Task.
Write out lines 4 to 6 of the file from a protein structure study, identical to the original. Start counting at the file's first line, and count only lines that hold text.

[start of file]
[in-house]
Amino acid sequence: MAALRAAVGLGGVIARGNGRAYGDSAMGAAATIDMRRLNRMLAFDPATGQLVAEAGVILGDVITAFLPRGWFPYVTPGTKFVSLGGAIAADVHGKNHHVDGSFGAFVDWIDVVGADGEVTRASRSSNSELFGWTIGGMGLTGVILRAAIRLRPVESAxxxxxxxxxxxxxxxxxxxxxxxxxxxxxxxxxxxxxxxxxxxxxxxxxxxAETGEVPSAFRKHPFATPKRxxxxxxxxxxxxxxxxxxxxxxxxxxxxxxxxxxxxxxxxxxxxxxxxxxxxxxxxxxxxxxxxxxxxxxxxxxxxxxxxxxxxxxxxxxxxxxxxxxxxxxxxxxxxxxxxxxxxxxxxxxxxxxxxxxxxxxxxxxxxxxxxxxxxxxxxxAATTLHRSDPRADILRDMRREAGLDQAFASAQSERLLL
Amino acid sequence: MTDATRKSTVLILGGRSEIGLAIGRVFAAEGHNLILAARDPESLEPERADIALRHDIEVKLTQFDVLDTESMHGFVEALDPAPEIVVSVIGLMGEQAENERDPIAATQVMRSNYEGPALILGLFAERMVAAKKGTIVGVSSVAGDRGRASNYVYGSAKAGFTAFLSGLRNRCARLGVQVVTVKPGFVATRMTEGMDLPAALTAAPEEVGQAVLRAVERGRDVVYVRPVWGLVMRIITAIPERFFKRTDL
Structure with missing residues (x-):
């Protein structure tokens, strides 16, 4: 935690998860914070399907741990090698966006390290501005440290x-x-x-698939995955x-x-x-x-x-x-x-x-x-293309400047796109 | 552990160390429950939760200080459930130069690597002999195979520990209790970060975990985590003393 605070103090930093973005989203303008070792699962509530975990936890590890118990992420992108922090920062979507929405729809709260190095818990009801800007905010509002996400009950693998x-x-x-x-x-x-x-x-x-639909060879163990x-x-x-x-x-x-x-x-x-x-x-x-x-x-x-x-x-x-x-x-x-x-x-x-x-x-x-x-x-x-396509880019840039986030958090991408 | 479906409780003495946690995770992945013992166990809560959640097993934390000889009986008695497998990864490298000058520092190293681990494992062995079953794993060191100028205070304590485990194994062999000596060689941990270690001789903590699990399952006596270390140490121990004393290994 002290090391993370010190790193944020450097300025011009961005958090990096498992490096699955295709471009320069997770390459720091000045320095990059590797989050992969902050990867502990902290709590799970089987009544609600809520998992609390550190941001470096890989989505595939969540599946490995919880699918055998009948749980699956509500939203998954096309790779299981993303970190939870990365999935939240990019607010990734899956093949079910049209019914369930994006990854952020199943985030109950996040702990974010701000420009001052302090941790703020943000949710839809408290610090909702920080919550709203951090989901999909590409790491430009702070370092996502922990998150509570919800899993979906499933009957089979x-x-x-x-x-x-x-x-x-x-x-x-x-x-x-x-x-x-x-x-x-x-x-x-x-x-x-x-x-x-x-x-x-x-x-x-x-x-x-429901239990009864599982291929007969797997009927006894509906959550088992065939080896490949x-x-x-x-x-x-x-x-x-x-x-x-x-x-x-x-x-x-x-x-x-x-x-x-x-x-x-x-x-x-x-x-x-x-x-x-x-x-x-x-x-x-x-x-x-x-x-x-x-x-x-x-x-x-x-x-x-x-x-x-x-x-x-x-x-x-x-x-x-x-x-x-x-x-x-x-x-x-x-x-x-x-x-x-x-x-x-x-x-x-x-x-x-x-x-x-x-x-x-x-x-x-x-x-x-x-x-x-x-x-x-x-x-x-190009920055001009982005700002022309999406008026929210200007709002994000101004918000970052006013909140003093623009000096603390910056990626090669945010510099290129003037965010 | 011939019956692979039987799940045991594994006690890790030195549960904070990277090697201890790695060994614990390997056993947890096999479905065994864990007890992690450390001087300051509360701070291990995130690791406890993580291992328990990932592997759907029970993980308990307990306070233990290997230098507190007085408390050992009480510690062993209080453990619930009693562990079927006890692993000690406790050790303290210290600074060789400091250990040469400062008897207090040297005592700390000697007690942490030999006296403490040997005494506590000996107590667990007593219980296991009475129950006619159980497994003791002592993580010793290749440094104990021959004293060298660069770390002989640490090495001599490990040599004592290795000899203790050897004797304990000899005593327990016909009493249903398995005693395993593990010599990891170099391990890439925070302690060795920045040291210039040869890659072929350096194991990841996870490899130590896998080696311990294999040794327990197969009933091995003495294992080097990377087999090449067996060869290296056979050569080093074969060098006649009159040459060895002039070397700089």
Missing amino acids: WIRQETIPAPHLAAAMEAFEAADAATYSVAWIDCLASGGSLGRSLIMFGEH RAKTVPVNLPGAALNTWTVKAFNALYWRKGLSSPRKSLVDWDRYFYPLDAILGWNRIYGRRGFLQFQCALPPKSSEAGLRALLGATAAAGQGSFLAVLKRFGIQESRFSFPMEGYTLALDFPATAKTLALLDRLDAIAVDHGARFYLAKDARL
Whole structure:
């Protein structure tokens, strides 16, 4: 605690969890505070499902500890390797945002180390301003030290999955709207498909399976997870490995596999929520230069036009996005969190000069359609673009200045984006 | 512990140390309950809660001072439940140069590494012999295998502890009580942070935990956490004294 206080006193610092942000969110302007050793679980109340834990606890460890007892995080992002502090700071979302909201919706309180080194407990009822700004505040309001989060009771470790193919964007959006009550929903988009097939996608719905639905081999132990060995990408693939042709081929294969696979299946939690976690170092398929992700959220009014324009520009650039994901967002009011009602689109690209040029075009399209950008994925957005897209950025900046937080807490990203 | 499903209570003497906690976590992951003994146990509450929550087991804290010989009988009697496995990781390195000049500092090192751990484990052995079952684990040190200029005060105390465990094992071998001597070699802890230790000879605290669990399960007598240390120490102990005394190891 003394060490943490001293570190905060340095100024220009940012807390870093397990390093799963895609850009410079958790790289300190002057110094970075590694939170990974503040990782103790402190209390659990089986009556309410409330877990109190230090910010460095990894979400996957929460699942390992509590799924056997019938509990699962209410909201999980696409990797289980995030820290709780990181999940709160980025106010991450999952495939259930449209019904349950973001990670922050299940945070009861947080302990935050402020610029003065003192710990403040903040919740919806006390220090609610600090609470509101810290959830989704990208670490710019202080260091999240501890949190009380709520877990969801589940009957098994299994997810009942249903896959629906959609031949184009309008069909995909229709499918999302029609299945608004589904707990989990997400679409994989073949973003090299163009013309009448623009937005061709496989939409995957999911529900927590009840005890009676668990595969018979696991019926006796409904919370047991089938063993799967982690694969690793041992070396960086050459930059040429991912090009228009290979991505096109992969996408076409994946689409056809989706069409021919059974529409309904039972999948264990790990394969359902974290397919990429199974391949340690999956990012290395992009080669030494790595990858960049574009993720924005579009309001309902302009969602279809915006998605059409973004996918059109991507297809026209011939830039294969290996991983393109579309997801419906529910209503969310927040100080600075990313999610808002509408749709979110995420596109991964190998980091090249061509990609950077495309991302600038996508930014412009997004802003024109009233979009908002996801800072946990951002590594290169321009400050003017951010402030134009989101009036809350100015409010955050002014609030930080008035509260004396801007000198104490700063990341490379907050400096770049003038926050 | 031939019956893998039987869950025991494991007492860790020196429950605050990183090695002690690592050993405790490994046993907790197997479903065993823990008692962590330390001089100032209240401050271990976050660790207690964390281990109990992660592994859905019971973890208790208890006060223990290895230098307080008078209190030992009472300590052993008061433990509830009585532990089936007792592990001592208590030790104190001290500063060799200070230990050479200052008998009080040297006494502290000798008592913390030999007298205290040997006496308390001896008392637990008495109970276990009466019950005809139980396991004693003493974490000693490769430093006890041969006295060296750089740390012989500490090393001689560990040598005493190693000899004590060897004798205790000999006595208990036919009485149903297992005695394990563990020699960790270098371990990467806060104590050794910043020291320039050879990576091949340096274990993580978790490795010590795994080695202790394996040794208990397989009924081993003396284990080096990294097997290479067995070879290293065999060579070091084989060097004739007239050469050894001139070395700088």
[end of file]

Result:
Structure with missing residues (x-):
């Protein structure tokens, strides 16, 4: 935690998860914070399907741990090698966006390290501005440290x-x-x-698939995955x-x-x-x-x-x-x-x-x-293309400047796109 | 552990160390429950939760200080459930130069690597002999195979520990209790970060975990985590003393 605070103090930093973005989203303008070792699962509530975990936890590890118990992420992108922090920062979507929405729809709260190095818990009801800007905010509002996400009950693998x-x-x-x-x-x-x-x-x-639909060879163990x-x-x-x-x-x-x-x-x-x-x-x-x-x-x-x-x-x-x-x-x-x-x-x-x-x-x-x-x-x-396509880019840039986030958090991408 | 479906409780003495946690995770992945013992166990809560959640097993934390000889009986008695497998990864490298000058520092190293681990494992062995079953794993060191100028205070304590485990194994062999000596060689941990270690001789903590699990399952006596270390140490121990004393290994 002290090391993370010190790193944020450097300025011009961005958090990096498992490096699955295709471009320069997770390459720091000045320095990059590797989050992969902050990867502990902290709590799970089987009544609600809520998992609390550190941001470096890989989505595939969540599946490995919880699918055998009948749980699956509500939203998954096309790779299981993303970190939870990365999935939240990019607010990734899956093949079910049209019914369930994006990854952020199943985030109950996040702990974010701000420009001052302090941790703020943000949710839809408290610090909702920080919550709203951090989901999909590409790491430009702070370092996502922990998150509570919800899993979906499933009957089979x-x-x-x-x-x-x-x-x-x-x-x-x-x-x-x-x-x-x-x-x-x-x-x-x-x-x-x-x-x-x-x-x-x-x-x-x-x-x-429901239990009864599982291929007969797997009927006894509906959550088992065939080896490949x-x-x-x-x-x-x-x-x-x-x-x-x-x-x-x-x-x-x-x-x-x-x-x-x-x-x-x-x-x-x-x-x-x-x-x-x-x-x-x-x-x-x-x-x-x-x-x-x-x-x-x-x-x-x-x-x-x-x-x-x-x-x-x-x-x-x-x-x-x-x-x-x-x-x-x-x-x-x-x-x-x-x-x-x-x-x-x-x-x-x-x-x-x-x-x-x-x-x-x-x-x-x-x-x-x-x-x-x-x-x-x-x-x-190009920055001009982005700002022309999406008026929210200007709002994000101004918000970052006013909140003093623009000096603390910056990626090669945010510099290129003037965010 | 011939019956692979039987799940045991594994006690890790030195549960904070990277090697201890790695060994614990390997056993947890096999479905065994864990007890992690450390001087300051509360701070291990995130690791406890993580291992328990990932592997759907029970993980308990307990306070233990290997230098507190007085408390050992009480510690062993209080453990619930009693562990079927006890692993000690406790050790303290210290600074060789400091250990040469400062008897207090040297005592700390000697007690942490030999006296403490040997005494506590000996107590667990007593219980296991009475129950006619159980497994003791002592993580010793290749440094104990021959004293060298660069770390002989640490090495001599490990040599004592290795000899203790050897004797304990000899005593327990016909009493249903398995005693395993593990010599990891170099391990890439925070302690060795920045040291210039040869890659072929350096194991990841996870490899130590896998080696311990294999040794327990197969009933091995003495294992080097990377087999090449067996060869290296056979050569080093074969060098006649009159040459060895002039070397700089």
Missing amino acids: WIRQETIPAPHLAAAMEAFEAADAATYSVAWIDCLASGGSLGRSLIMFGEH RAKTVPVNLPGAALNTWTVKAFNALYWRKGLSSPRKSLVDWDRYFYPLDAILGWNRIYGRRGFLQFQCALPPKSSEAGLRALLGATAAAGQGSFLAVLKRFGIQESRFSFPMEGYTLALDFPATAKTLALLDRLDAIAVDHGARFYLAKDARL